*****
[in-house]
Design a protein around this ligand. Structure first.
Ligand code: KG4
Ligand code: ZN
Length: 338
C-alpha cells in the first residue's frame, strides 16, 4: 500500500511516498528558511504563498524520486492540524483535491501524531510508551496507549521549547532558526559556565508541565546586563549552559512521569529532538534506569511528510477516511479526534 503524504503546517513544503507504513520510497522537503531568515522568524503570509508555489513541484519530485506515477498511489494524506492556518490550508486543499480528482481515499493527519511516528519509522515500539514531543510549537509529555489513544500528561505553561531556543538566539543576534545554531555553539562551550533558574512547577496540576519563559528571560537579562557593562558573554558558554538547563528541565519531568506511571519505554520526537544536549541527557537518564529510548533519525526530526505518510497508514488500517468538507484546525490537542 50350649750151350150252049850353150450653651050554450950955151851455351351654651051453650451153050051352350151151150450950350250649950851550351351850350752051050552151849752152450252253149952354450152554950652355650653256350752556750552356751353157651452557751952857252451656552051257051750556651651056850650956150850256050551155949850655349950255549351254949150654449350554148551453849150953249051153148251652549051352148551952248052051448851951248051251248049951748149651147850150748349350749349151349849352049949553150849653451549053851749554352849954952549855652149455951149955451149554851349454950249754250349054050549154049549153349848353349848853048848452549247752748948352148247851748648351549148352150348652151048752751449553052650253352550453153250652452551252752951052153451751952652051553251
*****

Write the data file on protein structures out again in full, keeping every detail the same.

[in-house]
Design a protein around this ligand. Structure first.
Ligand code: KG4
Ligand code: ZN
Length: 338
C-alpha cells in the first residue's frame, strides 16, 4: 500500500511516498528558511504563498524520486492540524483535491501524531510508551496507549521549547532558526559556565508541565546586563549552559512521569529532538534506569511528510477516511479526534 503524504503546517513544503507504513520510497522537503531568515522568524503570509508555489513541484519530485506515477498511489494524506492556518490550508486543499480528482481515499493527519511516528519509522515500539514531543510549537509529555489513544500528561505553561531556543538566539543576534545554531555553539562551550533558574512547577496540576519563559528571560537579562557593562558573554558558554538547563528541565519531568506511571519505554520526537544536549541527557537518564529510548533519525526530526505518510497508514488500517468538507484546525490537542 50350649750151350150252049850353150450653651050554450950955151851455351351654651051453650451153050051352350151151150450950350250649950851550351351850350752051050552151849752152450252253149952354450152554950652355650653256350752556750552356751353157651452557751952857252451656552051257051750556651651056850650956150850256050551155949850655349950255549351254949150654449350554148551453849150953249051153148251652549051352148551952248052051448851951248051251248049951748149651147850150748349350749349151349849352049949553150849653451549053851749554352849954952549855652149455951149955451149554851349454950249754250349054050549154049549153349848353349848853048848452549247752748948352148247851748648351549148352150348652151048752751449553052650253352550453153250652452551252752951052153451751952652051553251